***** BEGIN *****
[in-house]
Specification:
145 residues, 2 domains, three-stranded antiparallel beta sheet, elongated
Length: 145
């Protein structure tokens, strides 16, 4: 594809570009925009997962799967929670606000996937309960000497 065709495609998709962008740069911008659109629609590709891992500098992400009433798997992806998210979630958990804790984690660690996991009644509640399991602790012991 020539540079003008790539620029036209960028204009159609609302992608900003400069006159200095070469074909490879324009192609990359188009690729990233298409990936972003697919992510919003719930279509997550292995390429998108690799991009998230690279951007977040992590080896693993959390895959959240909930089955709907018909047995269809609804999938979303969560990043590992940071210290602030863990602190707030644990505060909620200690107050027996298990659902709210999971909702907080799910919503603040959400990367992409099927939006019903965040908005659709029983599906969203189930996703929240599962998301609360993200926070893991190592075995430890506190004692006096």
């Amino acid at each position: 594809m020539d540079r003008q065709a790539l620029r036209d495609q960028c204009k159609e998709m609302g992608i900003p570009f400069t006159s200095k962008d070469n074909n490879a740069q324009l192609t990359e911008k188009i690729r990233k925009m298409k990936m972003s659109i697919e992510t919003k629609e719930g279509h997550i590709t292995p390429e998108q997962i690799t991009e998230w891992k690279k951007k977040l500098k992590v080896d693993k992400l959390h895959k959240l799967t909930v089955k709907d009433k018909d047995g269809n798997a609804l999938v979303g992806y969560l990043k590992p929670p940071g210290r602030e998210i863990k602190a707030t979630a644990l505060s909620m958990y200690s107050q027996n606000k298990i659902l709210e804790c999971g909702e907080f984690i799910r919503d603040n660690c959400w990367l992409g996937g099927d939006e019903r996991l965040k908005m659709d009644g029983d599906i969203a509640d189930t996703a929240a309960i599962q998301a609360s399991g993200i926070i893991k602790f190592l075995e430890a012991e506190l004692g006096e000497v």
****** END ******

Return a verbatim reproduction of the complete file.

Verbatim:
[in-house]
Specification:
145 residues, 2 domains, three-stranded antiparallel beta sheet, elongated
Length: 145
């Protein structure tokens, strides 16, 4: 594809570009925009997962799967929670606000996937309960000497 065709495609998709962008740069911008659109629609590709891992500098992400009433798997992806998210979630958990804790984690660690996991009644509640399991602790012991 020539540079003008790539620029036209960028204009159609609302992608900003400069006159200095070469074909490879324009192609990359188009690729990233298409990936972003697919992510919003719930279509997550292995390429998108690799991009998230690279951007977040992590080896693993959390895959959240909930089955709907018909047995269809609804999938979303969560990043590992940071210290602030863990602190707030644990505060909620200690107050027996298990659902709210999971909702907080799910919503603040959400990367992409099927939006019903965040908005659709029983599906969203189930996703929240599962998301609360993200926070893991190592075995430890506190004692006096």
């Amino acid at each position: 594809m020539d540079r003008q065709a790539l620029r036209d495609q960028c204009k159609e998709m609302g992608i900003p570009f400069t006159s200095k962008d070469n074909n490879a740069q324009l192609t990359e911008k188009i690729r990233k925009m298409k990936m972003s659109i697919e992510t919003k629609e719930g279509h997550i590709t292995p390429e998108q997962i690799t991009e998230w891992k690279k951007k977040l500098k992590v080896d693993k992400l959390h895959k959240l799967t909930v089955k709907d009433k018909d047995g269809n798997a609804l999938v979303g992806y969560l990043k590992p929670p940071g210290r602030e998210i863990k602190a707030t979630a644990l505060s909620m958990y200690s107050q027996n606000k298990i659902l709210e804790c999971g909702e907080f984690i799910r919503d603040n660690c959400w990367l992409g996937g099927d939006e019903r996991l965040k908005m659709d009644g029983d599906i969203a509640d189930t996703a929240a309960i599962q998301a609360s399991g993200i926070i893991k602790f190592l075995e430890a012991e506190l004692g006096e000497v």